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>I don’t think there is one single answer to the district’s math problems.

>I don’t think there is one single answer to the district’s math problems. As many mentioned before, many would prefer saxon math or singapore. I, personally prefer artofproblemsolving, which I have introduced to this blog a while ago, however, many people claimed that our public schools’ goals were not to produce “phd’s in math.” Instead I think our honors classes should use something like artofproblemsolving while regular classes can use the regular curriculum.

Personally, I don’t believe in the notion of being a “math person.” I believe anyone can learn math at the highest level given that they are willing to spend time(by this I mean a hour a day) practicing. I think if the kids are willing and motivated, it is a crime to hold them back from acheiving top notch (and I know our schools are not here to produce “phd’s in math”)results no matter what school they go to. Go on artofproblemsolving’s resource page and have your child spend an our a day on the usa amc 10/12(the easier contests) and you will be surprised at the improvement after a few weeks (you can check back at my posts from a few weeks ago if you don’t remember the url).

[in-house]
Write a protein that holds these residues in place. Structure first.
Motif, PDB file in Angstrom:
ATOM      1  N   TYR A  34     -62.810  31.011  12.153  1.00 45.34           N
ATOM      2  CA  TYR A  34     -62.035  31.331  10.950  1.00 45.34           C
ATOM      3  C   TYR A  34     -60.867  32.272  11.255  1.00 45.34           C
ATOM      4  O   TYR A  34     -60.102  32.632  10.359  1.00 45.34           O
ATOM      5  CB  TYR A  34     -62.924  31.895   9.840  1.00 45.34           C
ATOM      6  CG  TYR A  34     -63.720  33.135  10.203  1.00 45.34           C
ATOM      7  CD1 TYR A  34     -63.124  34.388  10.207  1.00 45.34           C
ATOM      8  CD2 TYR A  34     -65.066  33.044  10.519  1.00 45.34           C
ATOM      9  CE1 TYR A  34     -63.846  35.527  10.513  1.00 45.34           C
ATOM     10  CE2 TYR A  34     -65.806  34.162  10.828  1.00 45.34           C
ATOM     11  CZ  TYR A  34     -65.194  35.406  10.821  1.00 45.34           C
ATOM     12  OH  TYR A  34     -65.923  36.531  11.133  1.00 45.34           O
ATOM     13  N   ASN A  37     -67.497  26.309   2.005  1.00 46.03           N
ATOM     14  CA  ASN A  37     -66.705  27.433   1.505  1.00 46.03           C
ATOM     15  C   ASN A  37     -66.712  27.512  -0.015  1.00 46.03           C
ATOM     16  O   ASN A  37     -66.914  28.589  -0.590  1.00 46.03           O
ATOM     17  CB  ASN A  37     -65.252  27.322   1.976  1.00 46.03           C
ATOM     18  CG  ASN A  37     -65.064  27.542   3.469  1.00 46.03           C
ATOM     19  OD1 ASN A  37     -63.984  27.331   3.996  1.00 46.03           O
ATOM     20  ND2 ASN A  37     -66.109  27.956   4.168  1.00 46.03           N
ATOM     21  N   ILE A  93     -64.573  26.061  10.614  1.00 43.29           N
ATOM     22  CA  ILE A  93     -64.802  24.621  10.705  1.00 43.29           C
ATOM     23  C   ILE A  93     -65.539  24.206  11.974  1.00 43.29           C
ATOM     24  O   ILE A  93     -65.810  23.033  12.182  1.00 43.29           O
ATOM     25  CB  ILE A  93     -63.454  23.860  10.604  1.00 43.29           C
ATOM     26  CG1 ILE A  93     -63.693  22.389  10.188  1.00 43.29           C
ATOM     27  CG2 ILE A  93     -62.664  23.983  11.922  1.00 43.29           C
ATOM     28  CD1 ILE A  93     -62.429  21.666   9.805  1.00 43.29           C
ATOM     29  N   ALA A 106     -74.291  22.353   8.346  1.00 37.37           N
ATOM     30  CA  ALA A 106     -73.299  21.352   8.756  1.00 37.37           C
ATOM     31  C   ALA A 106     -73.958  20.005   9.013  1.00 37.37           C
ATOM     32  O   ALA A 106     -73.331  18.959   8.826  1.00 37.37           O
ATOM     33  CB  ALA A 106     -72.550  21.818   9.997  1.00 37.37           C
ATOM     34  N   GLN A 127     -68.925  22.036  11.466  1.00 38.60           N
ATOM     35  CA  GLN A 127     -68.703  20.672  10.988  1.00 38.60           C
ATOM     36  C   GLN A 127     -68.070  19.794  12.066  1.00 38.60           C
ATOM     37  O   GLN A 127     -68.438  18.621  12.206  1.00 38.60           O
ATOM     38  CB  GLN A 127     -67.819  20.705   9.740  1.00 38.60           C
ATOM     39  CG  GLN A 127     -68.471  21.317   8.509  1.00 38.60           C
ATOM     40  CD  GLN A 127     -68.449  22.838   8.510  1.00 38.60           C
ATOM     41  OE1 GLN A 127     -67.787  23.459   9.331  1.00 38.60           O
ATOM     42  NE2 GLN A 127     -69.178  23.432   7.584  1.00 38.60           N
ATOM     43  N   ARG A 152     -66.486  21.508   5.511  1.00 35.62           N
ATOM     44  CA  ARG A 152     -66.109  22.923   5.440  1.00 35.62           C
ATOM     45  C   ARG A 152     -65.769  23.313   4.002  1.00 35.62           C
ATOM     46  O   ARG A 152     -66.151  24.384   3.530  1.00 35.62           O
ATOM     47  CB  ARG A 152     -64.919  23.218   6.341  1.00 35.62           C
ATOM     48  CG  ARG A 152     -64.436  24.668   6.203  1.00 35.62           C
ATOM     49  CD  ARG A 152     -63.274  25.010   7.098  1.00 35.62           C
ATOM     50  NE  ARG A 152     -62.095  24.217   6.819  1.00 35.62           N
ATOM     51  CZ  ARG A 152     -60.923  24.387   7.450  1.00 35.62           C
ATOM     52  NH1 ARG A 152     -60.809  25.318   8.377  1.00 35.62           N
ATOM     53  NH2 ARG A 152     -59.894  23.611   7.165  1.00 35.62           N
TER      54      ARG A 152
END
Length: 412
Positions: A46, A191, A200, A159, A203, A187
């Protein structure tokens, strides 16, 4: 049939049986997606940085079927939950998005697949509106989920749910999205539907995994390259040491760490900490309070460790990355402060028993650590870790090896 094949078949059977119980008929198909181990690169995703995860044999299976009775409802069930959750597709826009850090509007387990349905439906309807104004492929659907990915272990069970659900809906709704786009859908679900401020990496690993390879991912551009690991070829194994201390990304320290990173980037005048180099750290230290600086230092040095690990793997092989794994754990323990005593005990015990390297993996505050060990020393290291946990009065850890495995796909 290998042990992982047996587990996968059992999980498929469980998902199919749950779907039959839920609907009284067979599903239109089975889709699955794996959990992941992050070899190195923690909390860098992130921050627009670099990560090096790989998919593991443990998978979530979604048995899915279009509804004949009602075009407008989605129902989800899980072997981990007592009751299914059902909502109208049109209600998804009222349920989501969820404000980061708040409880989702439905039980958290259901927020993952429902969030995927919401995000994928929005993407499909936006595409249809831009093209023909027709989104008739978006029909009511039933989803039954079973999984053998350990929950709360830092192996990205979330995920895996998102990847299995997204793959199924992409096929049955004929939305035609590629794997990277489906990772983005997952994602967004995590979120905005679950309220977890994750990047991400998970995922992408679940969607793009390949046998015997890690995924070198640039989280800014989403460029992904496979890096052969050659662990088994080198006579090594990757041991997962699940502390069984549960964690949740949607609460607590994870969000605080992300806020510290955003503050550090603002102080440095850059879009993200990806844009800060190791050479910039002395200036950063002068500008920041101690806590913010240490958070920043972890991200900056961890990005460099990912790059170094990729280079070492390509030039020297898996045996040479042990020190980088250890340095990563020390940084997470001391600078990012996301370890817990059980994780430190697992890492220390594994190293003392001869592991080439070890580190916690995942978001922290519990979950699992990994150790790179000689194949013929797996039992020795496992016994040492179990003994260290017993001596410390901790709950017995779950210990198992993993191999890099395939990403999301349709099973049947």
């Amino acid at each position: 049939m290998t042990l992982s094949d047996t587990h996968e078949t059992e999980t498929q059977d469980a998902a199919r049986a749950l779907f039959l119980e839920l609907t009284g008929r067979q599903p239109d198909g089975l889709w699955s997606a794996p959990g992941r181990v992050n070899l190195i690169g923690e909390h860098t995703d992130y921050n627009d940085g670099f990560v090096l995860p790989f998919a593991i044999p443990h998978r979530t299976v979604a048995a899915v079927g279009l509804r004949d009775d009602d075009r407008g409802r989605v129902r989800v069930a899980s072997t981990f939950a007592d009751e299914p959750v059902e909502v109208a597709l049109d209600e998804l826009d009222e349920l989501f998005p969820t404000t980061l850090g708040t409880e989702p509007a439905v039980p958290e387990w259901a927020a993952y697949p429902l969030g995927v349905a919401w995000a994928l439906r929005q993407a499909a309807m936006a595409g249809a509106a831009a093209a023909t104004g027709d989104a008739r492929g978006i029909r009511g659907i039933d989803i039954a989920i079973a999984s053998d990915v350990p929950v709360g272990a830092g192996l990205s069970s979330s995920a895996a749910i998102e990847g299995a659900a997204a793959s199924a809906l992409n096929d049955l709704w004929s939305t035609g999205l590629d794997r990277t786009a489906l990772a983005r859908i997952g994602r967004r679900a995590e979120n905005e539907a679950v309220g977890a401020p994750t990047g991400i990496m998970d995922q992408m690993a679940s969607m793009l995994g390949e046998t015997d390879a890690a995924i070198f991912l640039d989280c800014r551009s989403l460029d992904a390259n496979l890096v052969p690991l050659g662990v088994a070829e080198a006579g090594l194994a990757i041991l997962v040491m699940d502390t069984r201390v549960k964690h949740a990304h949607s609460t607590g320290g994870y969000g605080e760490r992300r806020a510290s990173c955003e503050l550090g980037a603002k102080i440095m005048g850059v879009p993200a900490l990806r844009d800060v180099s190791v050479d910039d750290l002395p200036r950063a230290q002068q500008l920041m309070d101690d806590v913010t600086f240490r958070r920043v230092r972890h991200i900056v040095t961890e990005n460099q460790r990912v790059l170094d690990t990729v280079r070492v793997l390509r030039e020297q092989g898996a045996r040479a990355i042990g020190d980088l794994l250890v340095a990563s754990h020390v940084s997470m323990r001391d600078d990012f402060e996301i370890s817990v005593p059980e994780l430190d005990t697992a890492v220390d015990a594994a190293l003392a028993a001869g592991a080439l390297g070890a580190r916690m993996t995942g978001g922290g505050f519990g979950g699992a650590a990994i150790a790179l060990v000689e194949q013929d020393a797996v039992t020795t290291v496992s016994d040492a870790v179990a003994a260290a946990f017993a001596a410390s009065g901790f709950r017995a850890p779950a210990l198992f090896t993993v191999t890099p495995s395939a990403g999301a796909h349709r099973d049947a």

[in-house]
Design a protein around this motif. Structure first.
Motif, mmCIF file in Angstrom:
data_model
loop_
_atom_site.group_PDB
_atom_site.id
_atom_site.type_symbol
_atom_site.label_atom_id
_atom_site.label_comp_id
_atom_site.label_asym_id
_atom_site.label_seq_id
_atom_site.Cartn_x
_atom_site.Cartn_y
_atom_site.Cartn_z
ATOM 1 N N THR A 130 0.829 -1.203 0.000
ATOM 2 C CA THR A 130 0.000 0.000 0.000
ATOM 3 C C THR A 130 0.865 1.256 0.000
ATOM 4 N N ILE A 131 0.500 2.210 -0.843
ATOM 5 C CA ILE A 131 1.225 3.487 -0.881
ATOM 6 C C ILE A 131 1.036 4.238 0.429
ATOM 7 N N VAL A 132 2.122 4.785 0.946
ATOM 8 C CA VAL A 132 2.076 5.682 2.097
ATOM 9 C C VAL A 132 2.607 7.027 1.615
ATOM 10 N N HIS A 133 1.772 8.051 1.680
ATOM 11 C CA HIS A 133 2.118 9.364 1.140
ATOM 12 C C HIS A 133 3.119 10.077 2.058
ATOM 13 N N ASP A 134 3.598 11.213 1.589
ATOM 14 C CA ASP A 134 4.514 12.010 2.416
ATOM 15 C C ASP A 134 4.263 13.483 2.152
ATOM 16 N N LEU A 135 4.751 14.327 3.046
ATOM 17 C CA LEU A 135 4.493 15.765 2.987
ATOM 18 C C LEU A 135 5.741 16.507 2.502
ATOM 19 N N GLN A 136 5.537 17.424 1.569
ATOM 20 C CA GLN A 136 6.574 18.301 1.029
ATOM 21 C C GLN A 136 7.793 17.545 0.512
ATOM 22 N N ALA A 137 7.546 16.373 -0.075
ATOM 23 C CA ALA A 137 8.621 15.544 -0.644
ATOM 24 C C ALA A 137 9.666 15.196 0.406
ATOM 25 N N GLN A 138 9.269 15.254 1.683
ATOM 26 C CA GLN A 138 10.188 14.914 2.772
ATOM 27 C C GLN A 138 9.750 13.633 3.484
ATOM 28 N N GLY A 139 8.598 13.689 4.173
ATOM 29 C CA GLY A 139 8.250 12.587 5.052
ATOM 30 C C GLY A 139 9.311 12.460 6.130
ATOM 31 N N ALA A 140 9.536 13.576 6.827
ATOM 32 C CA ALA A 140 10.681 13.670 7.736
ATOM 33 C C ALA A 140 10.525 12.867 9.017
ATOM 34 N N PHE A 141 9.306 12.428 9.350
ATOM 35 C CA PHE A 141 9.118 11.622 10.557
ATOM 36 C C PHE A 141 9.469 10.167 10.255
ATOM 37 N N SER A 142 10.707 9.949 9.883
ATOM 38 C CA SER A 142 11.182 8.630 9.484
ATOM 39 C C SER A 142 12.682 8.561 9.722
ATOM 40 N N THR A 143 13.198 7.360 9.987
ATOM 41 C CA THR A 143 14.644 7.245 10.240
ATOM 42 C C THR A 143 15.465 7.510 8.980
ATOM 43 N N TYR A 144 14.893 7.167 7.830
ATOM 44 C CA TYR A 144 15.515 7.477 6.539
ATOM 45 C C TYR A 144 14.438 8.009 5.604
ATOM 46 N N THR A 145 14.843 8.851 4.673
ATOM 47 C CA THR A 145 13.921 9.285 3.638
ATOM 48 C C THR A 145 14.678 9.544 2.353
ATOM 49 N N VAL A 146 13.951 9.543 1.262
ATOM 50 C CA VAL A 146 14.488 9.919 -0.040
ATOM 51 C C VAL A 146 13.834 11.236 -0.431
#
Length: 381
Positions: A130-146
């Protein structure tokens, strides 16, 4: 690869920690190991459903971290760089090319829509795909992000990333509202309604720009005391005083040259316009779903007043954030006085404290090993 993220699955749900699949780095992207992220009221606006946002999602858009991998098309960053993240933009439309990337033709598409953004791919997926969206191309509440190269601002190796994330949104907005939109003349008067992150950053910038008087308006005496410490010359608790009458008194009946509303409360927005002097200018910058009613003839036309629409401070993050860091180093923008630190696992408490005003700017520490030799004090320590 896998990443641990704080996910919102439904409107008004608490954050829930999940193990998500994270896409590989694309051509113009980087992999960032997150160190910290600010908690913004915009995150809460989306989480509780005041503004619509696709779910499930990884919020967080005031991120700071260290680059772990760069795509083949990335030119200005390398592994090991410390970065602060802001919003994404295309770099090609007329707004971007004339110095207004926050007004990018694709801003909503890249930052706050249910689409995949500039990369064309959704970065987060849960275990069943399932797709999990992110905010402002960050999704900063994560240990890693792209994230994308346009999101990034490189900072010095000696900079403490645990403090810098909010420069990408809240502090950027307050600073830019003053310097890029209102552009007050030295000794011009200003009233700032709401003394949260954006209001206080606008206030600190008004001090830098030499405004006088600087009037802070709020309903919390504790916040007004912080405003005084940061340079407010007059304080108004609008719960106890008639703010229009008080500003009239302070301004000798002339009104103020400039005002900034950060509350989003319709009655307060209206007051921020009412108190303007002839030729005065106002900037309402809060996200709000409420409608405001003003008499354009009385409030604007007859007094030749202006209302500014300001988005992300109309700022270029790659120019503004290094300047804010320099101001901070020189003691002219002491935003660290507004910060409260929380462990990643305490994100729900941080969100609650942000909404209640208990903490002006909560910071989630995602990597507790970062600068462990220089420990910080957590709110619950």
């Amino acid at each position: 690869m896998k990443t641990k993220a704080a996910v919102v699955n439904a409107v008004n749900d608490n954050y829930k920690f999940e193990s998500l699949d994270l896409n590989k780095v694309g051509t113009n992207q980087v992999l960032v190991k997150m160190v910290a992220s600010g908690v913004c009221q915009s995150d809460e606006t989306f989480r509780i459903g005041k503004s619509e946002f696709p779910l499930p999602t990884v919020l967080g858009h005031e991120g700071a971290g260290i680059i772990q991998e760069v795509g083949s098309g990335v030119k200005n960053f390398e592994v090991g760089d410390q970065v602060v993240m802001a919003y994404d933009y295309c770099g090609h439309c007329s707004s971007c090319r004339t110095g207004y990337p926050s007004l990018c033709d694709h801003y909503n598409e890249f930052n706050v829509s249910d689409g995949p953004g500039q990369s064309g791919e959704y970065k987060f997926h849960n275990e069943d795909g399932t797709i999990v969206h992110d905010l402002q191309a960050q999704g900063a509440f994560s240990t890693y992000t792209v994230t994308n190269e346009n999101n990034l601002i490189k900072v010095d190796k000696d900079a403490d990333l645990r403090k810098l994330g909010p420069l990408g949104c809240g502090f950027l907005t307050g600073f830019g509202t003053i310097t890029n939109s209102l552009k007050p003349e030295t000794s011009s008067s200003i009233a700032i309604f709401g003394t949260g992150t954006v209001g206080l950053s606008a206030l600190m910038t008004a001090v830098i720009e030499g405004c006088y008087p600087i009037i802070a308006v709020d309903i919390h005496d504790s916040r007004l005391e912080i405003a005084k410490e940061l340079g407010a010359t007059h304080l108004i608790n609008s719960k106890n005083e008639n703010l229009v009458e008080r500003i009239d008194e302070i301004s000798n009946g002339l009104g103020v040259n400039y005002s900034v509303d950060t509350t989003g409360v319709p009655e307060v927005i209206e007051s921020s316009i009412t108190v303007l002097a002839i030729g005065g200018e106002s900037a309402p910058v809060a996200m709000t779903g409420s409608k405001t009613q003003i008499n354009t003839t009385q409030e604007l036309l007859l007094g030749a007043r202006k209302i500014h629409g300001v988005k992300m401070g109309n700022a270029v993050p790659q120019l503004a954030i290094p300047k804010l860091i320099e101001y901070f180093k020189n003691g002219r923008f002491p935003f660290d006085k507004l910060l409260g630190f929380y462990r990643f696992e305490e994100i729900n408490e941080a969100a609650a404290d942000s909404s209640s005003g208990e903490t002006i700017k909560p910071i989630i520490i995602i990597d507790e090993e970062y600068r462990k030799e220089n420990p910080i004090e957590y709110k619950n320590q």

After all, if math talent was innate, why would we have practice problems on the internet. I also don’t understand how parents complain about their child not being good at math but reject a curriculum that would train their child to the level of those math majors at schools like MIT. Also as you can see https://www.artofproblemsolving.com/Focus_article.pdf artofproblemsolving
is supported by the mathematical association of america as well so it is not one of those curriculums that mathematicians speak out against.

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